The problem is perhaps clearer in the case of Apple, which does its accounting in dollars.  If Apple had borrowed money at a negative yield in francs, but the franc had appreciated sufficiently over the course of the loan, then Apple would have paid out more dollars than it received.  In the same situation, if Apple did its accounting in francs, it would record the negative interest charges.  One accounting system uses the fiction that dollars in 2020 are equivalent to dollars in 2015; the other uses the fiction that francs are francs.  Of course, we don't currently know whether the franc will appreciate or depreciate against the dollar; the point is that these are not the same thing.

Now, to a good approximation I can convert a dollar now into a dollar in 2020 by holding a physical piece of currency.  There is some nuisance and security cost to doing so; it may be lost or stolen.  These facts notwithstanding, this ability to sit on physical currency is the reason importance is attached to "zero interest rates" and "negative interest rates"; there is, in the lingo, an apparent arbitrage, in which (for example) Apple borrows Swiss francs, holds them in a vault, pays out some smaller number of Swiss francs, and, if it likes, converts the balance to dollars (or cadmium, etc.) at some point in time along the way.  As long as the surplus from this trade is worth the expenses associated with issuing the bond, securing the currency, and making the payments, then it would be worth doing; as a matter of fact, though, those costs are probably at least 10 or 20 basis points; the costs of securing and transacting in physical currency are probably among the reasons bondholders are willing to buy bonds at negative yields in the first place.

The most egregious consequent error that I see smart people make a lot in public policy debate — even smart economists, but ones who think of interest as "the money paid to borrow other money" — is to suggest that, as long as interest rates are 0 or very close to it, we can borrow and spend with impunity.  The simplest retort is that if we borrow the money, we will have to pay back that money. An argument can be made that it is more useful to spend the money now than it will be later, but that argument should be made, not assumed, and the 0 interest rate is not particularly relevant to it.  The tradeoff in value between spending now and spending five years from now may be that $1.10 in spending now is worth $1 of spending in the future, or that it is $1 and $1.10, respectively; there is no reason in economics that precludes the former possibility, in which case any interest rate that is higher than (using rough figures) -2% is higher than should be incurred.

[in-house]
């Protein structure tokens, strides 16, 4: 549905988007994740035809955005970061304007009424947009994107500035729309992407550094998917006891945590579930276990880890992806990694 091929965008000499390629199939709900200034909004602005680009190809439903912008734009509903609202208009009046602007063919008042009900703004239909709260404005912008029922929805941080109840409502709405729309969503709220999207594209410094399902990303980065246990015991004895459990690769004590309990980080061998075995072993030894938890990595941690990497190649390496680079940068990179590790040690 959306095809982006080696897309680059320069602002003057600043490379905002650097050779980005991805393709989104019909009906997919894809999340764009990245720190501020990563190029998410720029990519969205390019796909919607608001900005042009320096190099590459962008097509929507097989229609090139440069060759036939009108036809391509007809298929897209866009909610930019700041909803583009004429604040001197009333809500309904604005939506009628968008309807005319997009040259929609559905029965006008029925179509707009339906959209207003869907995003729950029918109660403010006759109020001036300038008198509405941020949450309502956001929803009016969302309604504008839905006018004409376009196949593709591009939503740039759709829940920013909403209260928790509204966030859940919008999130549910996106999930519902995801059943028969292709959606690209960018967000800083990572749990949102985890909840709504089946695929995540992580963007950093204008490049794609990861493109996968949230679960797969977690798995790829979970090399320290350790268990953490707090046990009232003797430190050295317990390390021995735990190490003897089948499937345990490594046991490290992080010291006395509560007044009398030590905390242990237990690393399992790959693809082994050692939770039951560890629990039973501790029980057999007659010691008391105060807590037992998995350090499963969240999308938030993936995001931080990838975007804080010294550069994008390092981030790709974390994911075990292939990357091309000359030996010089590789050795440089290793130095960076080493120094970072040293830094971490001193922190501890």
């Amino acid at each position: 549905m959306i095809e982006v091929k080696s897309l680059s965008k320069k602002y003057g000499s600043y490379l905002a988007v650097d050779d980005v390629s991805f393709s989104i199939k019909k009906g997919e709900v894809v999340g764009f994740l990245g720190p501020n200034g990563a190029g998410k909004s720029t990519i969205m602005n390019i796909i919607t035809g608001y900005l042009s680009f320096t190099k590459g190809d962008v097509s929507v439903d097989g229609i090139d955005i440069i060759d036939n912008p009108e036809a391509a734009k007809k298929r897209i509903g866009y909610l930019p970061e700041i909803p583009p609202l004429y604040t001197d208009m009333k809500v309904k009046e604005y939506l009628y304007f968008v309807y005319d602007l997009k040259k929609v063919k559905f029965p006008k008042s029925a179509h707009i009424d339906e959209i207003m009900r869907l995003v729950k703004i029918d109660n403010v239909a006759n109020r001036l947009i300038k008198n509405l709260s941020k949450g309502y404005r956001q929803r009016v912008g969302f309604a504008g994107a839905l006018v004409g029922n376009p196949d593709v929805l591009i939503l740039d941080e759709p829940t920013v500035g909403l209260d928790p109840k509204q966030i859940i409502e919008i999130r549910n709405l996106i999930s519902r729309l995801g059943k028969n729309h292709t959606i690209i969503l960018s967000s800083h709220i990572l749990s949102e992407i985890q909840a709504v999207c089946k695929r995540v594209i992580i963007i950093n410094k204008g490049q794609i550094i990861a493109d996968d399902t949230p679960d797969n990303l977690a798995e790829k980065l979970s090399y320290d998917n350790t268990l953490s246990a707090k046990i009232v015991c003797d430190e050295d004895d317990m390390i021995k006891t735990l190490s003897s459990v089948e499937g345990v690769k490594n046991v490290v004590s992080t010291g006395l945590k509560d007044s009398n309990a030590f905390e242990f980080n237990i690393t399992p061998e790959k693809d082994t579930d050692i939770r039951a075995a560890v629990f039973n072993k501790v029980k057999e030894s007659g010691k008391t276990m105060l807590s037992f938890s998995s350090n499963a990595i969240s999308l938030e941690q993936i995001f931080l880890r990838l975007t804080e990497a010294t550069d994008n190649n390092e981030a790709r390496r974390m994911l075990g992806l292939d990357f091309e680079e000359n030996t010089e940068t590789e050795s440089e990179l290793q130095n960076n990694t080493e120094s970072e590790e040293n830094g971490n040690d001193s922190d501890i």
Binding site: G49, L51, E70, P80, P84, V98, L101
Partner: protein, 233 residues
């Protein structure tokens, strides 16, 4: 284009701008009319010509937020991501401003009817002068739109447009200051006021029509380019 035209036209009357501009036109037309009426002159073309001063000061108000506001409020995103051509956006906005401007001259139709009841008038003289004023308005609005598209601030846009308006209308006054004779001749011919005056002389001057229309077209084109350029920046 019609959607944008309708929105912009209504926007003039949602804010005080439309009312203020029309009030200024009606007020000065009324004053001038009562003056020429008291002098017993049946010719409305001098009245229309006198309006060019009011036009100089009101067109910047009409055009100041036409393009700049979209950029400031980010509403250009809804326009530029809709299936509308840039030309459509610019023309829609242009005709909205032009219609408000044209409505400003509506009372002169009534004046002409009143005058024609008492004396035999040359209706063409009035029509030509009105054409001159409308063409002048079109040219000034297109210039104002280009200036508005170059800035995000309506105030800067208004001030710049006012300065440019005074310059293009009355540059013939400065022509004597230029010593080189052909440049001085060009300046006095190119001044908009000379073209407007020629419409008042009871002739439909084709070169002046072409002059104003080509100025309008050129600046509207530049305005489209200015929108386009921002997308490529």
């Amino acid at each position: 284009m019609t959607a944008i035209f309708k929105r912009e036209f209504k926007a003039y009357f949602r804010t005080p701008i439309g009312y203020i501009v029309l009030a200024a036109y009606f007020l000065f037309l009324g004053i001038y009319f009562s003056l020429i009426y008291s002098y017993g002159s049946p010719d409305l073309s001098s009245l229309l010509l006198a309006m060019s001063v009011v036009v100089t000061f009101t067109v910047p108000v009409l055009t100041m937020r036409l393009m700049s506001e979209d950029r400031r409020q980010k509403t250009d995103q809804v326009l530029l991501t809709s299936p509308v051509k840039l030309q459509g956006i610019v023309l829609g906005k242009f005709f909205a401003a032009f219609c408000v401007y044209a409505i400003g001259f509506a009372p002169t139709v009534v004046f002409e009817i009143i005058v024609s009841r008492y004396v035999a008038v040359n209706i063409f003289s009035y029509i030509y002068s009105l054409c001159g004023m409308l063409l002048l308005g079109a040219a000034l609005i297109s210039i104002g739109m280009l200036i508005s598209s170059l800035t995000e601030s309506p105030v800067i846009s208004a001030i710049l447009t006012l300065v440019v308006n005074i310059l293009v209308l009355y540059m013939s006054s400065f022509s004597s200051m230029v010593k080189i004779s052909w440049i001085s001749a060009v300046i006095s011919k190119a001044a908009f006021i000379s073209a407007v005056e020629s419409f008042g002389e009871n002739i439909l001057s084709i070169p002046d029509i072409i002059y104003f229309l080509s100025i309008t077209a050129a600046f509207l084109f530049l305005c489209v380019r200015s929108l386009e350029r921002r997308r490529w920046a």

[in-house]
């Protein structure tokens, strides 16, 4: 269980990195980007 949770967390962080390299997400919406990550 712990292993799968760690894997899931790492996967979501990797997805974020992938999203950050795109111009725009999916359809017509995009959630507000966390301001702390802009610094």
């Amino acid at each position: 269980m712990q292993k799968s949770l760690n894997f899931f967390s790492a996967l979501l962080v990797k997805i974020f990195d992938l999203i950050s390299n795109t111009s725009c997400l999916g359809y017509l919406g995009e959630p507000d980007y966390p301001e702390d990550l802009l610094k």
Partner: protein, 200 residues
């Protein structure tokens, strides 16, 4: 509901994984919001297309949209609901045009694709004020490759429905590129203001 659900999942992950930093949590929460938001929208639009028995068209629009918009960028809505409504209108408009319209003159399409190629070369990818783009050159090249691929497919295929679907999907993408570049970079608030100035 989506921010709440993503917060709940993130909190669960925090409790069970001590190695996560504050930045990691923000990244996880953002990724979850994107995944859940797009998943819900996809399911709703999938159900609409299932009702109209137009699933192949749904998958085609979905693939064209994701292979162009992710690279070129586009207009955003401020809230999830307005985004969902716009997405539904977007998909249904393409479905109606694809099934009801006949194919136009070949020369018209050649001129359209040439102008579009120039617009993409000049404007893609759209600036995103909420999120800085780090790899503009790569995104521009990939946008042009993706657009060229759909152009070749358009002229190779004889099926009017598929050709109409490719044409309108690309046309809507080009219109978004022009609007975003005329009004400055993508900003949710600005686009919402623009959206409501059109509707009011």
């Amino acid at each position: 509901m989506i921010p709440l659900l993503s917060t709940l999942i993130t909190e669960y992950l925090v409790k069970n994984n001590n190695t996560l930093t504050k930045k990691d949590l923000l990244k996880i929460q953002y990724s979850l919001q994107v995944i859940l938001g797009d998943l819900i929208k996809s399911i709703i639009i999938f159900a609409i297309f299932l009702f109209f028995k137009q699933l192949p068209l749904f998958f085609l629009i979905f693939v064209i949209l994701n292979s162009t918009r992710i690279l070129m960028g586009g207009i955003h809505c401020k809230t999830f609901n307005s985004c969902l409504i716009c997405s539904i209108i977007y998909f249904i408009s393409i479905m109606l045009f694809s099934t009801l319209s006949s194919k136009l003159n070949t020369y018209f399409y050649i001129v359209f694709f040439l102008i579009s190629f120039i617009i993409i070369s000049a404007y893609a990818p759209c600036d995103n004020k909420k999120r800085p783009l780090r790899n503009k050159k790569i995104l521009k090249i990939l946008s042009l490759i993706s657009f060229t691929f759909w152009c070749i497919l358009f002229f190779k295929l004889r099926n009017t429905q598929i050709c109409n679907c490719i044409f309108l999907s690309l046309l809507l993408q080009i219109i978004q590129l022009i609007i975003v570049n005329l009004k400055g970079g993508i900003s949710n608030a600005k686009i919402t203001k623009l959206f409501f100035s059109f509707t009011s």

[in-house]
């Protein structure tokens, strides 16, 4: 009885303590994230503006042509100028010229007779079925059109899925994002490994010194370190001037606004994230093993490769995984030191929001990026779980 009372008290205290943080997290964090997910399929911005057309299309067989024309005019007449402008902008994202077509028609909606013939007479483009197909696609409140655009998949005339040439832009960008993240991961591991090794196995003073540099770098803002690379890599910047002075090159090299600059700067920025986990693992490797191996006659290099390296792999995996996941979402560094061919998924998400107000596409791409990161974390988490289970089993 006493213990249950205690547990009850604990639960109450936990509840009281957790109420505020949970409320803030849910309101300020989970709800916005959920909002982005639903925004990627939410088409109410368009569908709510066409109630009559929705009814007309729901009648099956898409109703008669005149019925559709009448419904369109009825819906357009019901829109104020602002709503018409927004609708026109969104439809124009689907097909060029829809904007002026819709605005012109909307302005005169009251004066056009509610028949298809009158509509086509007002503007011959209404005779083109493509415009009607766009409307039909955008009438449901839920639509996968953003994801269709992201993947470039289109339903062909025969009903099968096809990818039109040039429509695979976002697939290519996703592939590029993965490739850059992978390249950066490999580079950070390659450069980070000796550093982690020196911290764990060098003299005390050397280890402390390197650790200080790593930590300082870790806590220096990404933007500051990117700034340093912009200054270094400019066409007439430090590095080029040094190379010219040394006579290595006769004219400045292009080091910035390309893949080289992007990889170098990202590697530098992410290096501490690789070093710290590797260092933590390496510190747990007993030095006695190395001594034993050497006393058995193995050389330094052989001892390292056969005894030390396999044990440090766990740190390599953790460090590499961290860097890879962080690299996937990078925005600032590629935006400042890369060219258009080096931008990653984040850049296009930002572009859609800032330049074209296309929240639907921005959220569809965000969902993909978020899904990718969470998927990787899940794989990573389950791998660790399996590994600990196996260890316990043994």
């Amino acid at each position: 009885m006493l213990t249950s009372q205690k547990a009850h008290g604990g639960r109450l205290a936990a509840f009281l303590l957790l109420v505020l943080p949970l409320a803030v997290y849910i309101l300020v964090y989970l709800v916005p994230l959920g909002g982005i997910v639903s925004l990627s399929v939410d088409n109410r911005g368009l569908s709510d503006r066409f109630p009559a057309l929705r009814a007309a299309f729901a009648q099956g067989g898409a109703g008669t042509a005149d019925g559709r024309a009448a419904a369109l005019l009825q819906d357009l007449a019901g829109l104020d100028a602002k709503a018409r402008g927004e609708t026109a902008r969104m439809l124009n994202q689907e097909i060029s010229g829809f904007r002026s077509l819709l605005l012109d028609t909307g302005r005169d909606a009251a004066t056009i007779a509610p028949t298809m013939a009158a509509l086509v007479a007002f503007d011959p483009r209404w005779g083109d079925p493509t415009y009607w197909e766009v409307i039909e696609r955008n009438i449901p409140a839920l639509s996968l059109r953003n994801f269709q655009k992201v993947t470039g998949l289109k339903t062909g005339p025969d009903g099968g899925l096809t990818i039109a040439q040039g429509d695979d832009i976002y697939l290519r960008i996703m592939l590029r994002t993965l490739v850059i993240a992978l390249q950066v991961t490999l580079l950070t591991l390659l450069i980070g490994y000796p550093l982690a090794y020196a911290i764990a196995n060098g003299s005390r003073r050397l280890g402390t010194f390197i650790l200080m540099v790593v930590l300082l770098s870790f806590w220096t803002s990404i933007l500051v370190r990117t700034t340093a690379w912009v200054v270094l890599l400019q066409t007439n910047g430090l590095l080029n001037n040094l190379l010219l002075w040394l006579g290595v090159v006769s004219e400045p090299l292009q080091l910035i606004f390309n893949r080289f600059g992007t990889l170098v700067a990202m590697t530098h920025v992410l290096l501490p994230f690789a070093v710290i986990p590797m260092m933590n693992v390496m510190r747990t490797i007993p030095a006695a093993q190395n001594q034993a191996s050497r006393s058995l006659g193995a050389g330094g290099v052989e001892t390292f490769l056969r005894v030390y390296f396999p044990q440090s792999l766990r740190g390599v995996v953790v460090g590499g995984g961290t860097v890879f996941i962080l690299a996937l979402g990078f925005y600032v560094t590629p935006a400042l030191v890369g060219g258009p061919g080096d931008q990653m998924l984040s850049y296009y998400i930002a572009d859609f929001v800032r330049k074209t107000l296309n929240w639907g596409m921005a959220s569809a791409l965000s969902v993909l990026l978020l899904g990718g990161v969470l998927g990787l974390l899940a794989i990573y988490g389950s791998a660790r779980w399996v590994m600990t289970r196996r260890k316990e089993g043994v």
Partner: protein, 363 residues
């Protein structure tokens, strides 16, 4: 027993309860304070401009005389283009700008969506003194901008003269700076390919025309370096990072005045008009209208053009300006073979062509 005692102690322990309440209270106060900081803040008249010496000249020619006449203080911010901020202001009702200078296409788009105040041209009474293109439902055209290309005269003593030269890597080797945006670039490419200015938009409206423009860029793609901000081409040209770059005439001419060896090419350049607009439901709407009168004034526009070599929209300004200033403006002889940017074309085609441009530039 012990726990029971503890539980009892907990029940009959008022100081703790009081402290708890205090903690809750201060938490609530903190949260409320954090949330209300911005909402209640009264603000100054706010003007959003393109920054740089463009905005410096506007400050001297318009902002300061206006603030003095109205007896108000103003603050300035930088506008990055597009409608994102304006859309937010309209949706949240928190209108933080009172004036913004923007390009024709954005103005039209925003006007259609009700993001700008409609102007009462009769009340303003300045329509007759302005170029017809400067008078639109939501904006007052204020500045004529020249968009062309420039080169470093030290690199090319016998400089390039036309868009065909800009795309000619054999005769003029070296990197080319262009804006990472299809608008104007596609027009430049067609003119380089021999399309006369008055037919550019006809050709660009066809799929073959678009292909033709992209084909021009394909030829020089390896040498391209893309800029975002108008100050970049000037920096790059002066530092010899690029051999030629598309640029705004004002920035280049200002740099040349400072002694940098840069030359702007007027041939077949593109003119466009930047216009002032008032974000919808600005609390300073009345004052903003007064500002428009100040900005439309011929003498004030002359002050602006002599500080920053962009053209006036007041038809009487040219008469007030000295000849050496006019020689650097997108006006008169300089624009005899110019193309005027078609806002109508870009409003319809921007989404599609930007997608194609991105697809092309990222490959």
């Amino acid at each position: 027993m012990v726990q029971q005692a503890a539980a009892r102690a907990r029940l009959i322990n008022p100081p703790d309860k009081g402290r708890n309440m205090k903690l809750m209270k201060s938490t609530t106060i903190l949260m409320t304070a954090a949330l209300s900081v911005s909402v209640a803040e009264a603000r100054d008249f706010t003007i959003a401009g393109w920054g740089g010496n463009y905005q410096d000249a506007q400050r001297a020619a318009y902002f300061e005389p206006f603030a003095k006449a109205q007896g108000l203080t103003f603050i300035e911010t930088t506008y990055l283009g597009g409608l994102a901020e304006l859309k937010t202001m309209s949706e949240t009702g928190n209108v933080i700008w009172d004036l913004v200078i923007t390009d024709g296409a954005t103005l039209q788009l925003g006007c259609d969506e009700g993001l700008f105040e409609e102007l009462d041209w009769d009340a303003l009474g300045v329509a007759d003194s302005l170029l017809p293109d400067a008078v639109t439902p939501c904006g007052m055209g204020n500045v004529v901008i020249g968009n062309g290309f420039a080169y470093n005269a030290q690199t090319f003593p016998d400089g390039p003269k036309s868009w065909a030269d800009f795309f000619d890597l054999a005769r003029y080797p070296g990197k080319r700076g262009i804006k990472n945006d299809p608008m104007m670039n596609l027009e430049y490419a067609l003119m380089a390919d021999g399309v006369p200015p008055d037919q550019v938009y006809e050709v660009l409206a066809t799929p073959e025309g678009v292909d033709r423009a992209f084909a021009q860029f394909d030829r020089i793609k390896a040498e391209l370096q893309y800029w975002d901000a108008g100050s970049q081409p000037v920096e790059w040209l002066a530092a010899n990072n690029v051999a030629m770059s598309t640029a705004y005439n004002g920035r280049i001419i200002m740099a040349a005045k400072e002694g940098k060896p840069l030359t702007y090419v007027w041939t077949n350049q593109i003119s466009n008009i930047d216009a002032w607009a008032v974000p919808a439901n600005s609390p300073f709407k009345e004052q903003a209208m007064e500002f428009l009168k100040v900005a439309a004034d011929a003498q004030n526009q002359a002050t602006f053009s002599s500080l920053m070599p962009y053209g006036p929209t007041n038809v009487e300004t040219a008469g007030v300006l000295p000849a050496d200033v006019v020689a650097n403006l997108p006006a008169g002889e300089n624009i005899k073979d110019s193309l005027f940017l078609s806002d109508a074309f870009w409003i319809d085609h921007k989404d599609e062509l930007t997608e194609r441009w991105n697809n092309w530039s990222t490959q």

Accounting rules separate interest payments from principal payments, and taxes and regulations sometimes create economic effects, but in and of themselves they are not economically distinct, and the correct way to think about interest rates is that they measure a rate of exchange between (say) dollars at different points in time.  A balance that grows because of "accruing interest" is typically growing, at least in part, because it is being measured in dollars that are worth less and less.

Thursday, December 18, 2014

medical testing, economics, and the placebo effect